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|Title:||Endovascular mechanical thrombectomy in large vessel occlusion ischemic stroke presenting with low National Institutes of Health Stroke Scale: a systematic review and meta-analysis|
|Authors:||Griessenauer, Christoph J;Medin, Caroline;Maingard, Julian;Chandra, Ronil V;Ng, Wyatt;Brooks, Duncan Mark;Asadi, Hamed;Killer-Oberpfalzer, Monika;Schirmer, Clemens M;Moore, Justin M;Ogilvy, Christopher S;Thomas, Ajith J;Phan, Kevin|
|Citation:||World Neurosurgery 2018; 110: 263-269|
|Abstract:||INTRODUCTION: Mechanical thrombectomy has become the standard of care for management of most large vessel occlusion (LVO) strokes. When patients with LVO present with minor stroke symptomatology, no consensus on the role of mechanical thrombectomy exists. METHODS: A systematic review and meta-analysis was performed to identify studies that focused on mechanical thrombectomy, either as a standalone treatment or with intravenous tissue plasminogen activator (IV tPA), in patients with mild strokes with LVO, defined as a baseline National Institutes of Health Stroke Scale (NIHSS) score ≤5 at presentation. Data on methodology, quality criteria, and outcome measures were extracted and outcomes were compared using odds ratio (OR) as a summary statistic. RESULTS: Five studies met the selection criteria and were included. When compared to medical therapy without IV tPA, mechanical thrombectomy and medical therapy with IV tPA were associated with improved 90 day modified Rankin Scale (mRS) score. Among medical patients who were not eligible for IV tPA, those who underwent mechanical thrombectomy were more likely to experience good 90 day mRS than those who were not. There was no significant difference in functional outcome between mechanical thrombectomy and medical therapy with IV tPA, and no treatment subgroup was associated with intracranial hemorrhage or death. CONCLUSIONS: In patients with mild strokes due to LVO, mechanical thrombectomy and medical therapy with IV tPA led to better 90 day functional outcome. Mechanical thrombectomy plays an important role in the management of these patients, particularly in patients not eligible for IV tPA.|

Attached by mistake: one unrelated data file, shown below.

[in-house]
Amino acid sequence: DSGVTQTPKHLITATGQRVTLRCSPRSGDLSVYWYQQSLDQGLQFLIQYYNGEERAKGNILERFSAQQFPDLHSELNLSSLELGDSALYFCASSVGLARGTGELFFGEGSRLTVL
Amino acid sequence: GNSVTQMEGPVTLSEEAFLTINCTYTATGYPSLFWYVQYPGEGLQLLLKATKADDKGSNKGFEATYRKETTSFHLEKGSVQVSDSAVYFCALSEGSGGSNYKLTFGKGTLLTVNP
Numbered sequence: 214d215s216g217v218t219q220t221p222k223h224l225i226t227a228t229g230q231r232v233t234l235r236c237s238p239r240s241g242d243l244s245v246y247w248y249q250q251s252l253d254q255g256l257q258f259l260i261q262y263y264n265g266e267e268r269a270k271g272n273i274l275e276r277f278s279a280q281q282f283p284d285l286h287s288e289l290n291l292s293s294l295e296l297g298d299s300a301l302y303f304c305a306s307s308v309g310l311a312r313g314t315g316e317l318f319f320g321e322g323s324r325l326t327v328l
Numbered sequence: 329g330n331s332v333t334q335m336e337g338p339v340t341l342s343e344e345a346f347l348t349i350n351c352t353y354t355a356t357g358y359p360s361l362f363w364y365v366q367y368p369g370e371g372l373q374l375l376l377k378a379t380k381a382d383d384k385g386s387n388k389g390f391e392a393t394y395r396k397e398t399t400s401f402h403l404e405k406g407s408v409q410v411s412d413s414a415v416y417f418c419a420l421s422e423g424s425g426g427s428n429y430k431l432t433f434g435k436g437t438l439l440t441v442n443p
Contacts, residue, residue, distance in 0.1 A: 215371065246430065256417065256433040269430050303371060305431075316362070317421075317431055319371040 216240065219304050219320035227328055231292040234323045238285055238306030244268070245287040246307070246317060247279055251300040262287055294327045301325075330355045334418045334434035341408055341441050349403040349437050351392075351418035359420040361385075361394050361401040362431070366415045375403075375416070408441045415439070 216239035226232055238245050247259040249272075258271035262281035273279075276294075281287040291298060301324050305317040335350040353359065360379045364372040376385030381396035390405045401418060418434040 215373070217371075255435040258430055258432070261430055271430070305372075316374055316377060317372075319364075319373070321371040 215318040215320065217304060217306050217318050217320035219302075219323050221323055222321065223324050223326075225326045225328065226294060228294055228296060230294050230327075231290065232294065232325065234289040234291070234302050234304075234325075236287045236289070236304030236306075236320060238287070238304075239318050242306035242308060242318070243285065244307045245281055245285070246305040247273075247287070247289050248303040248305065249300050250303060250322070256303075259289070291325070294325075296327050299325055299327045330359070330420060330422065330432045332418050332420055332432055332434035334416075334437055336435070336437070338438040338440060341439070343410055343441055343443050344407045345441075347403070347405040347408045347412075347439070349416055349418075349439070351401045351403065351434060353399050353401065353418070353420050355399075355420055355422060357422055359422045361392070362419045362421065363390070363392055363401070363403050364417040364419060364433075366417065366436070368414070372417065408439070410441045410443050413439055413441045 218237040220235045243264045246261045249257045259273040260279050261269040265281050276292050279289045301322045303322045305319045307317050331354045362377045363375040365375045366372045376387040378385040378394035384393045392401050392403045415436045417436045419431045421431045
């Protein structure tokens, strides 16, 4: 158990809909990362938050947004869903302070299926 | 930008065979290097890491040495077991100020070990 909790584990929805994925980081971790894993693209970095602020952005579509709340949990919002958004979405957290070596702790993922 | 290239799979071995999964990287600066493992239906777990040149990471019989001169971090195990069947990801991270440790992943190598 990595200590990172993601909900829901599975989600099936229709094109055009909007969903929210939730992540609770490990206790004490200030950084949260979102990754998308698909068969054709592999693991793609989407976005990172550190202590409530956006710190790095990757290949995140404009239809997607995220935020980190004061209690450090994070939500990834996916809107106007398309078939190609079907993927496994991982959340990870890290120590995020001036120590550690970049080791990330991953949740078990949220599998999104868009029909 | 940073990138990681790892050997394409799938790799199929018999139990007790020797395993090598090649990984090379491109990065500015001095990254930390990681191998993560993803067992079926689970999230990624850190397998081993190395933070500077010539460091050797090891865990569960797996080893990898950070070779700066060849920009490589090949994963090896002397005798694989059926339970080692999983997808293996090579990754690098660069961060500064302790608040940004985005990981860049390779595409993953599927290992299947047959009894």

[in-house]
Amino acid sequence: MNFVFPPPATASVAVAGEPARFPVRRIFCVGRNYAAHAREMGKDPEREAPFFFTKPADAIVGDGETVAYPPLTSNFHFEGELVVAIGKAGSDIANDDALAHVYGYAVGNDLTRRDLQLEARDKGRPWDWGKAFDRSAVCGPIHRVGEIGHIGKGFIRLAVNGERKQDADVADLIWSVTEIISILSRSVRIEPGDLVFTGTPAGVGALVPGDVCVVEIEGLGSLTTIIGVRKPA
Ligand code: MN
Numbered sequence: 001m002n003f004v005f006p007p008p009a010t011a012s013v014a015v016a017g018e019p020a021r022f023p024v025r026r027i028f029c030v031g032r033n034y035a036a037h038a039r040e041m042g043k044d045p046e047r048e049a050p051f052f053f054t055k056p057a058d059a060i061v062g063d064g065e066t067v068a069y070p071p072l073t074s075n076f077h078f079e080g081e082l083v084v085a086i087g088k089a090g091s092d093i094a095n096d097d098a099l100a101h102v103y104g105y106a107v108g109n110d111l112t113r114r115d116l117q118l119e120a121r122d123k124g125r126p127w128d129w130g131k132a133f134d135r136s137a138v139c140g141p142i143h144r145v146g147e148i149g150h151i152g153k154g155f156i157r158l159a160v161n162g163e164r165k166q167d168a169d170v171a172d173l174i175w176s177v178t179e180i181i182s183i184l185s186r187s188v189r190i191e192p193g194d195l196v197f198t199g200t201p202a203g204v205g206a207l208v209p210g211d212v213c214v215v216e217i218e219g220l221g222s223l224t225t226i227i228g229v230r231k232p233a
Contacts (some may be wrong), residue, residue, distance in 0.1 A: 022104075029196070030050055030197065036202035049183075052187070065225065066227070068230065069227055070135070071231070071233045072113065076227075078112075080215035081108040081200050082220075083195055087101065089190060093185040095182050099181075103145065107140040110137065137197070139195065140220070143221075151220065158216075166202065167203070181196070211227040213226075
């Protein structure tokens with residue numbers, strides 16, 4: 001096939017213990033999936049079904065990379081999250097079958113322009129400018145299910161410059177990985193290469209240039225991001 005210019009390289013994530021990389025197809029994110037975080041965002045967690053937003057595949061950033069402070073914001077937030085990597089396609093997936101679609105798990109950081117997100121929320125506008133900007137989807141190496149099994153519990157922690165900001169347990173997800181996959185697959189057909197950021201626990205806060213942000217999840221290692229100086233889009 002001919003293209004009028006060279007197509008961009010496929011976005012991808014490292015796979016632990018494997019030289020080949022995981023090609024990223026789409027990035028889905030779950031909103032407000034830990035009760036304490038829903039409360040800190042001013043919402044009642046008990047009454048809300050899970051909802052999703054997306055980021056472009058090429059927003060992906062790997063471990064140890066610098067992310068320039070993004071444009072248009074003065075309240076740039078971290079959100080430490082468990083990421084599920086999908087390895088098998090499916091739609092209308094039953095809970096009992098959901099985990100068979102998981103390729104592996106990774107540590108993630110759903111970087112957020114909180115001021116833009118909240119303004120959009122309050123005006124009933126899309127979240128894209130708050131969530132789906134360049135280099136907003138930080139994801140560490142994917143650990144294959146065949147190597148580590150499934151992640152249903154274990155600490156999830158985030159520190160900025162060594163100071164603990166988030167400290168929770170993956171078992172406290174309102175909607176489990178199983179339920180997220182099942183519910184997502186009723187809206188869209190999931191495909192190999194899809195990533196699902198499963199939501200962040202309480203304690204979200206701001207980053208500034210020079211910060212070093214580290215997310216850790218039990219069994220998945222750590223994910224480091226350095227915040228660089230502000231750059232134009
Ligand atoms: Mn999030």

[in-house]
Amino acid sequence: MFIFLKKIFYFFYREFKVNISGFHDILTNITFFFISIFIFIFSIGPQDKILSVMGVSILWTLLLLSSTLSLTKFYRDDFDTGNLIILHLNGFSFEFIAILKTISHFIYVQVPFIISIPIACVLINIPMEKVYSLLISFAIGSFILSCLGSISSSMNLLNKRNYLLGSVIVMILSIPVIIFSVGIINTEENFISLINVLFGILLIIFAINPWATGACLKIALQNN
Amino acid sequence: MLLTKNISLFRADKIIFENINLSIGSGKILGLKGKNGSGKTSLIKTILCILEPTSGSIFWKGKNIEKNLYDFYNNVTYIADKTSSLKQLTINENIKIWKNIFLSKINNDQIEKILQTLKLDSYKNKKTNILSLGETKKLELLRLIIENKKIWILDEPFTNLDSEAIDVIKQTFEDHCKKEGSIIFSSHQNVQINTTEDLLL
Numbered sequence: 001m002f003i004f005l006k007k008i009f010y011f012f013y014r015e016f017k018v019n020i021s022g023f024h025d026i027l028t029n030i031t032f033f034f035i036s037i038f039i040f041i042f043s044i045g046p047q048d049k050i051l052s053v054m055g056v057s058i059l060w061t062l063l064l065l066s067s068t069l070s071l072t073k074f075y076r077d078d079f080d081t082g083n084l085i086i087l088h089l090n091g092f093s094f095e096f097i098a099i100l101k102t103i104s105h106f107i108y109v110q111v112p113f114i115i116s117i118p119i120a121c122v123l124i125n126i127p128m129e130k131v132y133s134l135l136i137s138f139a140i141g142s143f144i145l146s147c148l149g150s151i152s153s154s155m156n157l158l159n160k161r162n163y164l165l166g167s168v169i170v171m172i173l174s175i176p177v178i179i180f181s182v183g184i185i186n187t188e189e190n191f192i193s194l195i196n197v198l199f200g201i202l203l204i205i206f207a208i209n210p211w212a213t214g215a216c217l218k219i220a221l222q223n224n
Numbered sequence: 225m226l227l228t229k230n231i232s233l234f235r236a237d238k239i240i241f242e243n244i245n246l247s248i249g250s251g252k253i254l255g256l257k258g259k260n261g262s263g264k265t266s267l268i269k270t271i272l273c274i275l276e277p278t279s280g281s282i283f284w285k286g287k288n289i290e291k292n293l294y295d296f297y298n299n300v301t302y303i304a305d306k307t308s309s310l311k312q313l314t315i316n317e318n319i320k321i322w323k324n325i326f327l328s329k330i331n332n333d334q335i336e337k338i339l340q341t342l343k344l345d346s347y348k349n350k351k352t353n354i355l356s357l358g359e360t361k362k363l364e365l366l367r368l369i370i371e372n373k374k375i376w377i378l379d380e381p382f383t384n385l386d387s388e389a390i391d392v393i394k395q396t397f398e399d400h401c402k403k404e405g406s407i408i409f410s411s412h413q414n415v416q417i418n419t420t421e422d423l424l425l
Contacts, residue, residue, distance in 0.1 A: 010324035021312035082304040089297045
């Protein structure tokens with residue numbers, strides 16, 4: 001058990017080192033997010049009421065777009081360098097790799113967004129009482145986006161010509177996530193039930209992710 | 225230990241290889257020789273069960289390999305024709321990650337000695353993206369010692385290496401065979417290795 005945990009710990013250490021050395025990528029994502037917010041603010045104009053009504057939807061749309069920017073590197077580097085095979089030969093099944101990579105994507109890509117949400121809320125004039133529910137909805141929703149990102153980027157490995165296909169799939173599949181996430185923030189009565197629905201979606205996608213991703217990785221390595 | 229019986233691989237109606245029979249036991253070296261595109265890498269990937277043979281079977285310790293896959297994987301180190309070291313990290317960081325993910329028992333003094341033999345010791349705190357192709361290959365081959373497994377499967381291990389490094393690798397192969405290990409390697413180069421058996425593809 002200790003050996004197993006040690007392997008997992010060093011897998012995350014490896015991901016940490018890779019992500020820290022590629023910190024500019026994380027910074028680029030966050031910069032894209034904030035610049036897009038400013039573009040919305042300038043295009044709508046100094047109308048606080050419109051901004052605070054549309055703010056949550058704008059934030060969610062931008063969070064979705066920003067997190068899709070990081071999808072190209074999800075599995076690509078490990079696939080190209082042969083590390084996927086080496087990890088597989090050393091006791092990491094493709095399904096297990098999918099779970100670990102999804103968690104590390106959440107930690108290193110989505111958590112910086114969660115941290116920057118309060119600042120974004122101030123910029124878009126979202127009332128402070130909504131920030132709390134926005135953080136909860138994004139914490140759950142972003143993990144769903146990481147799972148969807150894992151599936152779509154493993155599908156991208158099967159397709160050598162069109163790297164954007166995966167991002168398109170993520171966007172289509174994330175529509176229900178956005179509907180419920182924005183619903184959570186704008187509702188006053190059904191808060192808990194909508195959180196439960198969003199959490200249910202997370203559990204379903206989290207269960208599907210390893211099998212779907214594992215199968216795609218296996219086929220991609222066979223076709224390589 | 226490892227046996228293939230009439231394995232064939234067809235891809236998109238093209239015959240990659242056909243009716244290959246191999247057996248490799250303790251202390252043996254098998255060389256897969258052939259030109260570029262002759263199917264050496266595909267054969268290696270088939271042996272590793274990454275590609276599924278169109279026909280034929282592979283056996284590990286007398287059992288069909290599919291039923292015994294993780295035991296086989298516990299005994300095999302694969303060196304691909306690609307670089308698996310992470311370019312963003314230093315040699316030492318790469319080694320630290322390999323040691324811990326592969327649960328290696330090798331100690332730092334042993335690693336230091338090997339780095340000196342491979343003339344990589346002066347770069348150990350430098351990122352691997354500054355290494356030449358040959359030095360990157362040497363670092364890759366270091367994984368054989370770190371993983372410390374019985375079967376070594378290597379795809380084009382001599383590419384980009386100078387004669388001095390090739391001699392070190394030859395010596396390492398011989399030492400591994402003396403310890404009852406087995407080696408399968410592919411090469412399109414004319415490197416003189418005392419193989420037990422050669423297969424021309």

|Appears in Collections:||Journal articles|
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